Names may never hurt reporters, except psychologically, of course, but President Trump has started throwing sticks and stones. He is yanking press credentials and refusing to formally face reporters’ questions.

That doesn’t harm media businesses, but it is an existential threat to democracy.

Headlines last week were dominated by a standoff between Articles 1 and 2 of the Constitution as congressional committees issued subpoenas demanding appearances before them. President Trump tweeted that no one would come and that Congress couldn’t make them.

At the same time, White House attacks on the press moved from Twitter to the real world. Press passes that give reporters access to White House briefings and other activities were revoked for a significant portion of the press, including all representatives of The Washington Post.

The “rules” imposed on reporters are so unrealistic that most senior journalists had to apply for “exceptions” to their pass revocation. Some news outlets were granted six-month passes that allow only limited access. Both can be pulled without notice by the White House press office.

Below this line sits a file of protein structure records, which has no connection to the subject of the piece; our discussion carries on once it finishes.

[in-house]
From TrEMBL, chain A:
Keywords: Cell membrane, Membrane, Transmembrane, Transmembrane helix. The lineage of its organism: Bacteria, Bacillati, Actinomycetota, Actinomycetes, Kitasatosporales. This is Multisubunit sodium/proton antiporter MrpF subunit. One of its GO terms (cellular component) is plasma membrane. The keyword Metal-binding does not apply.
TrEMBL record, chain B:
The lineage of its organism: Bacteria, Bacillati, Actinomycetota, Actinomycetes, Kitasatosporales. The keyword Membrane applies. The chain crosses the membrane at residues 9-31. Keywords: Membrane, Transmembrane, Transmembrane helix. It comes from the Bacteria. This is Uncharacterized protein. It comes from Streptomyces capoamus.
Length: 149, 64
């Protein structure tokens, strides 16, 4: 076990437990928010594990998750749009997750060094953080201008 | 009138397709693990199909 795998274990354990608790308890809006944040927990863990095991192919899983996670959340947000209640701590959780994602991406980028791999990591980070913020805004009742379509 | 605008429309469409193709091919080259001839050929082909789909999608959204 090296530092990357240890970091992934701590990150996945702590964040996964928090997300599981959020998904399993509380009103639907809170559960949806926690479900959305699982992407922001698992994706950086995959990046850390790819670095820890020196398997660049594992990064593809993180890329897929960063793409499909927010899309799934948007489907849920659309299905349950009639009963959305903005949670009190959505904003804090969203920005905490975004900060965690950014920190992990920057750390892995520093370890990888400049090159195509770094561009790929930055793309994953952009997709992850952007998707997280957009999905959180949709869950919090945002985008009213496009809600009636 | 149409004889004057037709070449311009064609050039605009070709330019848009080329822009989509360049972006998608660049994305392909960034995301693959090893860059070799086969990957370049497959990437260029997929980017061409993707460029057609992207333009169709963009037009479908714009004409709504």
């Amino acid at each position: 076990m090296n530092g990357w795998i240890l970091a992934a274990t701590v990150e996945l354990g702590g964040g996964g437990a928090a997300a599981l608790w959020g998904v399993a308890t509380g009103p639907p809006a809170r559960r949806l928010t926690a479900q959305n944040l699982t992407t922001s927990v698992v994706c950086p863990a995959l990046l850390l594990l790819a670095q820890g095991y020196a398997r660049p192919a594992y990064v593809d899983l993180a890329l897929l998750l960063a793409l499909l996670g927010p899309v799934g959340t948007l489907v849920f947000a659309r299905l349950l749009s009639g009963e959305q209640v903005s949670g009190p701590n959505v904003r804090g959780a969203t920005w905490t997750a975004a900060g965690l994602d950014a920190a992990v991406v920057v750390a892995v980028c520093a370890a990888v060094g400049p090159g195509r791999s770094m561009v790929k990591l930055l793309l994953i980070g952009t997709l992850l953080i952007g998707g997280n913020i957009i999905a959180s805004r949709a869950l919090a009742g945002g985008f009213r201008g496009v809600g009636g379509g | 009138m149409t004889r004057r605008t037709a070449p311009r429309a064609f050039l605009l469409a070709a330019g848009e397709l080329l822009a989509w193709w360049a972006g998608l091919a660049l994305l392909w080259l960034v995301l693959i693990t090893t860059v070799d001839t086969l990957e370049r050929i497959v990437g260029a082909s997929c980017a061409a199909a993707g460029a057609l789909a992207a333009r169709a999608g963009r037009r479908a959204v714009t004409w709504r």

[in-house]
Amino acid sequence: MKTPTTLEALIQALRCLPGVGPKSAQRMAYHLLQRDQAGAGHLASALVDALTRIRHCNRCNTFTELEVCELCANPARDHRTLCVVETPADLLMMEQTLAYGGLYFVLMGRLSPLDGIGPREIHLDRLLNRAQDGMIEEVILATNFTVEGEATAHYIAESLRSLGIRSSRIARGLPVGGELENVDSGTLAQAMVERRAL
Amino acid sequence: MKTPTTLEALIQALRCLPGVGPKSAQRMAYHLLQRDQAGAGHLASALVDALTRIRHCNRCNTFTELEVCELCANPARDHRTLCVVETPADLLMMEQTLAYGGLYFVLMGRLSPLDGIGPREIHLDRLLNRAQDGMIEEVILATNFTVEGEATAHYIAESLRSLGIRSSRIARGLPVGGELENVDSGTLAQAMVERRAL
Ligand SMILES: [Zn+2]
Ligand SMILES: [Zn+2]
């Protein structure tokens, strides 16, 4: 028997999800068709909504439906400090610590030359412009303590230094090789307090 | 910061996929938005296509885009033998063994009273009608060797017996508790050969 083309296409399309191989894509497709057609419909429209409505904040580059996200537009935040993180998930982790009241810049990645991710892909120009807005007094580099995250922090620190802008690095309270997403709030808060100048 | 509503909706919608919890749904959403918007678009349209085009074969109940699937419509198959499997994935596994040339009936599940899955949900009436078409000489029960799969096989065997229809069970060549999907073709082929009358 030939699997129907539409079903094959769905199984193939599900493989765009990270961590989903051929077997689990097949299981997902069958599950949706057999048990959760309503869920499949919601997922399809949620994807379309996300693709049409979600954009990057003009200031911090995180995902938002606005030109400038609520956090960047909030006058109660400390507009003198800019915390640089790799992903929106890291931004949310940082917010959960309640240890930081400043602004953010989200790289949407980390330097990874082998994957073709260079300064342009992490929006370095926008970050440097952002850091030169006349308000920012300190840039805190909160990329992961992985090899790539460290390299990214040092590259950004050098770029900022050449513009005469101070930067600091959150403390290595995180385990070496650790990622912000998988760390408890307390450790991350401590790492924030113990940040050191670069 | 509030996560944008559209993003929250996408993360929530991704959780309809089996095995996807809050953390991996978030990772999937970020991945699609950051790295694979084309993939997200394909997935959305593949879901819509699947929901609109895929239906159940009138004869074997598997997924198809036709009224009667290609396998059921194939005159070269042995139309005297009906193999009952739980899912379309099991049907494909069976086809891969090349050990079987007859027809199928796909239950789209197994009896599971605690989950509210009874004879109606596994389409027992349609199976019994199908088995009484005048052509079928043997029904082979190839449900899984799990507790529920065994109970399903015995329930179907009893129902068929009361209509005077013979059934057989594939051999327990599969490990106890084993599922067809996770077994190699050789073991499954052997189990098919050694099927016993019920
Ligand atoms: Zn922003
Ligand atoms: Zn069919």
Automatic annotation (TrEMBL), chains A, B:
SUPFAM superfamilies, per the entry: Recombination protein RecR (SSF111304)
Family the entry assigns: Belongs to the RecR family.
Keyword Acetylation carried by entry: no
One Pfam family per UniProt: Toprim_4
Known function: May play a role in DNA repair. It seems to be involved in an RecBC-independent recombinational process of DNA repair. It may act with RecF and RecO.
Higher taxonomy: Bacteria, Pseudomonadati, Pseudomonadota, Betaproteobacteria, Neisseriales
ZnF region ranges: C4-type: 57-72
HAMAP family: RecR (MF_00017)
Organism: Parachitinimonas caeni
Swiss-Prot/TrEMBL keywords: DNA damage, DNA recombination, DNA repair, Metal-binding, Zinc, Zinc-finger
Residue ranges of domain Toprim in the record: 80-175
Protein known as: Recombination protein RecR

Elected officials rarely love the press. Most chafe at some coverage they deem inaccurate or unfair. Nonetheless, they accept the intrusions and irritations because the free press is as much a part of a democratic government as they are.

Not these elected officials. Since his escalator ride to announce his candidacy, Trump has ridiculed, demonized and openly threatened journalists, especially those from mainstream media outlets like CNN, The Washington Post and The New York Times.

The administration has limited previous attacks to tweets. Rather than control the press, the president has mostly just avoided reporters by limiting exchanges to shouted questions during impromptu encounters.

This latest move by the Trump administration is unprecedented and a frighteningly specific act. A free and independent press is always the first target of authoritarians. Without an aggressive and responsible press, voters cannot hold elected officials accountable because there is no way to learn what those officials are up to.

Eliminating press passes won’t stop reporters from covering Trump’s presidency or damage media outlets, but make no mistake—this is a direct attack on the free press and another front in the war on the Constitution unfolding in Washington.

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